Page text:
Third, activities were undertaken to examine the competency of administrative dietitians (ADs) for promoting the activities. This took place in a training session held by the Public Health Division of the Japan Dietetic Association. ADs were grouped into three categories based on years of professional experience: management level (15 years), mid-level (5-10 years), and newcomers (3 years). We found that mid-level ADs needed better understanding of regional characteristics, documentation that uses data, and presentation skills. Ways to implement human resources development of ADs needed to be studied.
Through those challenges, we found that the National Institute of Public Health had a role of linking national and local governmental policies, and the function of linking professional organizations and public health in society to promote Health Japan 21 (2nd edition).
The importance of data application for the control measures against lifestyle-related diseases in Japan has increased. An effective utilization of data is required to develop, implement, and evaluate a plan in Health Japan 21 (2nd edition), specific health examination and health guidance, a data health plan, and so on. At the same time, various kinds of data have become available in relation to health examination and guidance, medical cost, care insurance, and so on. However, only a limited number of local governments and health insurers utilize the enormous quantity of data sufficiently. To improve the current situation, we developed "the Data Application Manual to Promote Control Measures against Lifestyle-related Diseases in Local Governments" and related training materials and tools to easily analyze data, and posted them on the National Institute of Public Health website. The data application manual explains the concrete process of collecting data, utilizing materials and tools, and interpreting the results for practical use rather than analytic theory. We hope the manual and tools are helpful for the promotion of measures against lifestyle-related diseases in the local governments and health insurers in Japan.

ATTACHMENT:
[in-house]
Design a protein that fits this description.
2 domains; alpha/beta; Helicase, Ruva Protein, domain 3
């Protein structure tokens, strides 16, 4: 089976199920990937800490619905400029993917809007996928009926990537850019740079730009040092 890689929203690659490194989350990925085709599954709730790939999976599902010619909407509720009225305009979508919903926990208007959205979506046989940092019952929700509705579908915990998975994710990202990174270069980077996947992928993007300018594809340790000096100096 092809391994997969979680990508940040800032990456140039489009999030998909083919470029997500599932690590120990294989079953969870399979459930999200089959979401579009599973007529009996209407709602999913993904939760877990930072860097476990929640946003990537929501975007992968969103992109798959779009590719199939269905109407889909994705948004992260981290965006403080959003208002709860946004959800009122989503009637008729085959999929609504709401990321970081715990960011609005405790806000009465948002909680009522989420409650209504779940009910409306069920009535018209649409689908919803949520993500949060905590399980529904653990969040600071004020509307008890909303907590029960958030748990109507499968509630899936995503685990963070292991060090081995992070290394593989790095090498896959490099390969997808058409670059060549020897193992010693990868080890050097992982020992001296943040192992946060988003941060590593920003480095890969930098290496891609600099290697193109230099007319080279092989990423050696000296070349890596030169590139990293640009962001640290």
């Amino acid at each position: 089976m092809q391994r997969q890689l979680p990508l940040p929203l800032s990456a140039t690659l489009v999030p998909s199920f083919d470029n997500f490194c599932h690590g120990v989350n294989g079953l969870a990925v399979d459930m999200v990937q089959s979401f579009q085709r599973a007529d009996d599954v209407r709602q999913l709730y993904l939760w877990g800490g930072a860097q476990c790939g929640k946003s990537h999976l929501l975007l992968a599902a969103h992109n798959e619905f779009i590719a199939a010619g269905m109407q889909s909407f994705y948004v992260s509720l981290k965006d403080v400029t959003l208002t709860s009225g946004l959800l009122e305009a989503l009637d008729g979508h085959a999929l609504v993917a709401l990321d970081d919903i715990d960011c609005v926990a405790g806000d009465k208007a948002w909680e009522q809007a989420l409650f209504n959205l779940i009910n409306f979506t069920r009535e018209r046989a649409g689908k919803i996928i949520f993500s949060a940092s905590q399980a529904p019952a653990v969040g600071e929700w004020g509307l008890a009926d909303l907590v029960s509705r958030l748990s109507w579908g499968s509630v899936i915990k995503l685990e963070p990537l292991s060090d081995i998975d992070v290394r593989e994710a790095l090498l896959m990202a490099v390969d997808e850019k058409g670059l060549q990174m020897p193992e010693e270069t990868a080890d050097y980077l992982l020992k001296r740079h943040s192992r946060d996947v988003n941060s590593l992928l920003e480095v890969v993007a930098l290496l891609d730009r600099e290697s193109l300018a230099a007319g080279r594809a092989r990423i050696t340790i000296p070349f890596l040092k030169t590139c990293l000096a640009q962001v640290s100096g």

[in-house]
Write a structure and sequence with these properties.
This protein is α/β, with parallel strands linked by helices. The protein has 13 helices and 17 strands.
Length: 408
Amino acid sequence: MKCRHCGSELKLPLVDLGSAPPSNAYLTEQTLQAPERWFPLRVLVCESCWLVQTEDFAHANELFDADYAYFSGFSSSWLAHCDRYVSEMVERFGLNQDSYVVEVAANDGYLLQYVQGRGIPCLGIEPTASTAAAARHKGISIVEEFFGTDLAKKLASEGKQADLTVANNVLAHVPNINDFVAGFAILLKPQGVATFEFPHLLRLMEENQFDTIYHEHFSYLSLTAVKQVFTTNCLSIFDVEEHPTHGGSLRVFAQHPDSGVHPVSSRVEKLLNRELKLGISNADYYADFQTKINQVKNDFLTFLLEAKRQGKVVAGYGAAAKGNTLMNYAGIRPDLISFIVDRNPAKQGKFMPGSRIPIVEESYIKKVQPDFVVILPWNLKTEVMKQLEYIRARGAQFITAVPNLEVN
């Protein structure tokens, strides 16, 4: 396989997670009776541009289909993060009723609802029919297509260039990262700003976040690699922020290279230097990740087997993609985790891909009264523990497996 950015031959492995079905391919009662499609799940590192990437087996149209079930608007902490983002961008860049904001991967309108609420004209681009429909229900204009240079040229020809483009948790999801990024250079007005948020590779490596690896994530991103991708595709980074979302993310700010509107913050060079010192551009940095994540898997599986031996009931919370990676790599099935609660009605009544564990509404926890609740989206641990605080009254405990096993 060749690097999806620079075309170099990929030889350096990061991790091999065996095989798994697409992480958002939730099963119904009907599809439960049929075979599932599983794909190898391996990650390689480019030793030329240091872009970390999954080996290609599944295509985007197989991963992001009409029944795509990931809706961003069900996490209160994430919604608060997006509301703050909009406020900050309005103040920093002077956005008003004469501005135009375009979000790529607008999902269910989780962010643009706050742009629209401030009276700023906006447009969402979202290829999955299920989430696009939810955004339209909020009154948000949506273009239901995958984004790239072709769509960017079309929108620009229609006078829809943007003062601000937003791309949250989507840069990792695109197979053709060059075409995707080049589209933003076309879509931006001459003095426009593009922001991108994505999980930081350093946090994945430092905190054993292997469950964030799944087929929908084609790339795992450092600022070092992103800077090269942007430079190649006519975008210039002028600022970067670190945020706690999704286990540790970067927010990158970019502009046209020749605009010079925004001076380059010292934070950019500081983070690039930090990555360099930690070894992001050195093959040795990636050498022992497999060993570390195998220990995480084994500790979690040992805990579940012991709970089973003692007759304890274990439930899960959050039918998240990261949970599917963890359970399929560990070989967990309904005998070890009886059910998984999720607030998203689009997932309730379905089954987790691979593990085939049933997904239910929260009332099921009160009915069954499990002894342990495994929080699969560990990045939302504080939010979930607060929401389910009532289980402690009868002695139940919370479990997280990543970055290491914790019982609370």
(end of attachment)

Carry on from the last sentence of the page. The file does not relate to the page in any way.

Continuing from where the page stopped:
In many developed countries, along with the development of medical technologies, the increase in medical costs has now become a pressing social issue. Under such circumstances, cost-effectiveness analysis is increasingly being used in decision-making to allocate limited medical resources more efficiently. In many countries, there exist research institutes that specialize in health technology assessments (HTA), which include this kind of cost-effectiveness. Particularly in countries where costeffectiveness analysis is used in decision-making concerning pharmaceuticals and medical devices, such HTA agencies are involved in the decision-making process. It is necessary to put such a system in place in Japan as well. There are three main types of data used in cost-effectiveness analysis: (1) clinical efficacy and safety, and long-term prognosis and disease-state transition, (2) quality of life, and (3) cost.